But there were side effects for the people who lived there. From the very beginning my family struggled with the economics of owning this house. Like everyone in our extended family of aunts, uncles and cousins we were working class people who aspired to be middle class. And decisions were made about where and how to live based on what we hoped to be rather than what we really were. Unfortunately we never got above the economic threshold to achieve those goals and life in the suburbs was a disappointment. When the roof started to leak there was no money for a new one so some tar was smeared into the cracks. The on-going leaks eventually lead to rot and termites and carpenter ants that plagued the structure for years. The water heater rusted out and released enough boiling orange water into the living room and dining room that the carpet and wood floors were ruined. The house always needed to be painted, the old windows needed to be replaced. The rain gutters were damaged in a storm. The clothes washer died. Then the dryer… The list went on and on and the deferred maintenance just accumulated year by year for lack of funds.
And of course there were struggles with transportation since keeping even one car on the road on a limited budget was a serious problem. Just as the insurance bill was paid the transmission would fail. The transmission would be fixed and the windshield would crack. The windshield would be replaced and the tires went bald. Between the house and the car it was basically impossible to save money or move forward on my parents’ modest income.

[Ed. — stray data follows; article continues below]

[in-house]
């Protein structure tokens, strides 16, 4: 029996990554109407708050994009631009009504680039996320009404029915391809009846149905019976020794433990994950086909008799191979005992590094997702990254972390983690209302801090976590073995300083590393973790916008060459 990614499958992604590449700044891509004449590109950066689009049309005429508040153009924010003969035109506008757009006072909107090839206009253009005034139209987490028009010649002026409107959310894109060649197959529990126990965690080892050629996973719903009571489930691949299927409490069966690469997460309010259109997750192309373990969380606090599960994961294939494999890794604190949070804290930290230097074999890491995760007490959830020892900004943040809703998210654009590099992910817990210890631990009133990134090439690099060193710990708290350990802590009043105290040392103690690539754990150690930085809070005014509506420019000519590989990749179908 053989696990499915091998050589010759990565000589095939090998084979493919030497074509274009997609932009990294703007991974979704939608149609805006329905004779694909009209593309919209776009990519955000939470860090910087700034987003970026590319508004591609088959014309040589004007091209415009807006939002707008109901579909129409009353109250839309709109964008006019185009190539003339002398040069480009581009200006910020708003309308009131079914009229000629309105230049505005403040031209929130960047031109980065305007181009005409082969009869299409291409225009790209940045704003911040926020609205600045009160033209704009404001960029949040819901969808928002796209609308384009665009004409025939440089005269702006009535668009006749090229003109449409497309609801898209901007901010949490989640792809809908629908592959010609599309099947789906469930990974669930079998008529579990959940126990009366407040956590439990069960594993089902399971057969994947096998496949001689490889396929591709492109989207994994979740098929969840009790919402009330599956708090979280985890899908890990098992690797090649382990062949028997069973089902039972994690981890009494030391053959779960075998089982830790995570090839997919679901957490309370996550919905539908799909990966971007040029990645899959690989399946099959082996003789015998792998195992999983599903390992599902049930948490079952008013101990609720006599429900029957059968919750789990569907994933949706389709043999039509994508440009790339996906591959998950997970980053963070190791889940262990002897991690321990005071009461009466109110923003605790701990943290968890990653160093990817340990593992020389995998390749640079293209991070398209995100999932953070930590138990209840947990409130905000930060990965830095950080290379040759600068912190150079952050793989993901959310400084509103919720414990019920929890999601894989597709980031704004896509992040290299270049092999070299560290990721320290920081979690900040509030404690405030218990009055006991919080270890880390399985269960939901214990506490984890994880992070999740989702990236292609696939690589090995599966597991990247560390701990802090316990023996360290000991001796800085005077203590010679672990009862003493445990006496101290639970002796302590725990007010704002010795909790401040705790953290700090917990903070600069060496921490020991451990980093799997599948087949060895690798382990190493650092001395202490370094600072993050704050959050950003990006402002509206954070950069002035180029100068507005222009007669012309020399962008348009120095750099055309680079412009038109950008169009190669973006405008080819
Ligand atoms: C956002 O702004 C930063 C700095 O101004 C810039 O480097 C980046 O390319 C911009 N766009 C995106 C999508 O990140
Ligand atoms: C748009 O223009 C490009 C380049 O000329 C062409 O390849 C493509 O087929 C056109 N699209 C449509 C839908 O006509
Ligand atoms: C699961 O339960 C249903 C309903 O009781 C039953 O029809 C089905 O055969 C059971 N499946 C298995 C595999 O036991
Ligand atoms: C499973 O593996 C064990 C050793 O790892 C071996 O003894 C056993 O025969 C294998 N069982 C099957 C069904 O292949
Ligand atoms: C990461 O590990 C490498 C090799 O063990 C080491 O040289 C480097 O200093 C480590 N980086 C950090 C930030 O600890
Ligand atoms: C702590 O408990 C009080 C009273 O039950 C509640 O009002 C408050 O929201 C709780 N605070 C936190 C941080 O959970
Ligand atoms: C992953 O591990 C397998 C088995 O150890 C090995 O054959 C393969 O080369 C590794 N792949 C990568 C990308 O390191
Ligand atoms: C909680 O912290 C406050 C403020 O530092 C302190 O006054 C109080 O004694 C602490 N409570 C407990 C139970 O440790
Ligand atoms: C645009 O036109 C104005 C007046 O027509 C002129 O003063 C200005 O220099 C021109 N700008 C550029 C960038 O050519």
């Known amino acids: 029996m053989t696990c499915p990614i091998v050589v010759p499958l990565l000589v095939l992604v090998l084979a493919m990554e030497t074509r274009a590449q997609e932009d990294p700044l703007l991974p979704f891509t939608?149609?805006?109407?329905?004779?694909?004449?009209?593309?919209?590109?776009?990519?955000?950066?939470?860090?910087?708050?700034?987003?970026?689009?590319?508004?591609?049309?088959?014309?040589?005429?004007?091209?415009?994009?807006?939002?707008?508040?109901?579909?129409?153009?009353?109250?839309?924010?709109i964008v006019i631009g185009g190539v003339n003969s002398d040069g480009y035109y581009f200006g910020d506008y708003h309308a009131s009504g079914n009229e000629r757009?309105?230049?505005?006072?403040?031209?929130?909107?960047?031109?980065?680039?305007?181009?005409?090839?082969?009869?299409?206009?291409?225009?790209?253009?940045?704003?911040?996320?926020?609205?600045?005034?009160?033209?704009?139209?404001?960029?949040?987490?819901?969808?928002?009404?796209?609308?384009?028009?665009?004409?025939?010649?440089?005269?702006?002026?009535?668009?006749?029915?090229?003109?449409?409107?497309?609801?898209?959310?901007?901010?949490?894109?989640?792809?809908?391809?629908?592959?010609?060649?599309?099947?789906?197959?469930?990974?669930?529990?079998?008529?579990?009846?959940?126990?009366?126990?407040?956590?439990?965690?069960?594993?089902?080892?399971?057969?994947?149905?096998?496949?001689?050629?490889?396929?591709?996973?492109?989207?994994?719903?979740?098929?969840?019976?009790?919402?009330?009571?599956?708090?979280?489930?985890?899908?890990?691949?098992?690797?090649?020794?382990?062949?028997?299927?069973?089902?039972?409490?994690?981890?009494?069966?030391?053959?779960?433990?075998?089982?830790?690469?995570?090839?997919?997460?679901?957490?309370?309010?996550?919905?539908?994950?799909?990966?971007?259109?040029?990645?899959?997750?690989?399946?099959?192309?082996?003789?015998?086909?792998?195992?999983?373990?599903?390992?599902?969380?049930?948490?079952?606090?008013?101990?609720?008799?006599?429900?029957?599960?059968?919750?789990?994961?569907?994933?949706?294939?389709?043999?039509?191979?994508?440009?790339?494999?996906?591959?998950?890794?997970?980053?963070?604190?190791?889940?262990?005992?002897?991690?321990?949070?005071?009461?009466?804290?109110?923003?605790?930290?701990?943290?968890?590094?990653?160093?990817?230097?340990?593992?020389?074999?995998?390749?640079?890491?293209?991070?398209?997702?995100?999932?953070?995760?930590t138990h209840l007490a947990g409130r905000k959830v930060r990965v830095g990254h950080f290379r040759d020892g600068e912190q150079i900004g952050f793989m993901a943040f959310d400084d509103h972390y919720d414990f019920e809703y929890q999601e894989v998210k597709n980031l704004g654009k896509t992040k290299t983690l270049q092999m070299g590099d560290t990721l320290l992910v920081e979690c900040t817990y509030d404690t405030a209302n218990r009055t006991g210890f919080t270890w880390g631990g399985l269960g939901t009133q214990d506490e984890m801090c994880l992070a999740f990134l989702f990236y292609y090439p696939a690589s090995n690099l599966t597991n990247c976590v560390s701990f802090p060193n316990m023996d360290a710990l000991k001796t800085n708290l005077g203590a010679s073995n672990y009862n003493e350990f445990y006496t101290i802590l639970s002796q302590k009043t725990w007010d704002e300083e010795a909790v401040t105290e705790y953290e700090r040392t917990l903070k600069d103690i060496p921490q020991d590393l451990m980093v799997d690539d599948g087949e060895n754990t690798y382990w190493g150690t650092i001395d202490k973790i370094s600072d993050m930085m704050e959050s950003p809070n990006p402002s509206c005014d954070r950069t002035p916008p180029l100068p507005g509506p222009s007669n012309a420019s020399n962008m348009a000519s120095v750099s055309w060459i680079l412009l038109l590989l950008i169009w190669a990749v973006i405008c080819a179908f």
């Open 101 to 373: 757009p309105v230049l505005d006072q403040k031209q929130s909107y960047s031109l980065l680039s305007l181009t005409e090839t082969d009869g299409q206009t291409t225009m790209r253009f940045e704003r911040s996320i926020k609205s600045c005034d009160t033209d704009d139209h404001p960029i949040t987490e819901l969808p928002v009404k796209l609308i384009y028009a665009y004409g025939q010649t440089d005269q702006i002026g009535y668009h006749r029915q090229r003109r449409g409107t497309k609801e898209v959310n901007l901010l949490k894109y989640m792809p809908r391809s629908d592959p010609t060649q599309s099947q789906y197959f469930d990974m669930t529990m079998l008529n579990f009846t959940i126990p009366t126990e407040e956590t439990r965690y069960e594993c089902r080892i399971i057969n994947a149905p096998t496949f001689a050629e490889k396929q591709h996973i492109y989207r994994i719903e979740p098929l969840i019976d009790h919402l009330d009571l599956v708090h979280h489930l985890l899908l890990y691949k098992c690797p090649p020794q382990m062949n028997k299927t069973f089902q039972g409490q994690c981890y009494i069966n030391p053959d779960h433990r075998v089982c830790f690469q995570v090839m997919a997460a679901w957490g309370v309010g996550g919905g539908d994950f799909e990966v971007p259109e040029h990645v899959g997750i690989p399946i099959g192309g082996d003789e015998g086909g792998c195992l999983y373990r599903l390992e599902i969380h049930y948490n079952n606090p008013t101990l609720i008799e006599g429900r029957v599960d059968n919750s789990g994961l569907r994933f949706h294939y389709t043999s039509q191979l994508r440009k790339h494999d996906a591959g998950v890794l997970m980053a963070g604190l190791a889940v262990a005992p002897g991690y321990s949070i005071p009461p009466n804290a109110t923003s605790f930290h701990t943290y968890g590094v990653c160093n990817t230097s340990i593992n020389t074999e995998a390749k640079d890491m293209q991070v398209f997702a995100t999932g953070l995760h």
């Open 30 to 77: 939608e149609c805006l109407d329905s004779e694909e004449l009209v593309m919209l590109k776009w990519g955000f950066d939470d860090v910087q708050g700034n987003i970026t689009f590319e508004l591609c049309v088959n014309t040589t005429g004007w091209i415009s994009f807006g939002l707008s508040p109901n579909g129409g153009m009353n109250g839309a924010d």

There are other challenges for working class people attempting to live a middle class life in the suburbs. Suburbia is a pay-per-view environment where every activity involves cash. Aside from wandering around a shopping mall (not buying anything) there isn’t much to do if you can’t afford golf, swimming lessons, soccer camp, dance and gymnastics classes, piano lessons, little league, etc. Even the beaches in New Jersey have an entrance fee. And it isn’t always just about cash. Being poor takes up all your time and energy so organizing inexpensive recreational activities is a bit of a luxury. Mostly we were housebound and bored in a pre-internet pre-cable TV era.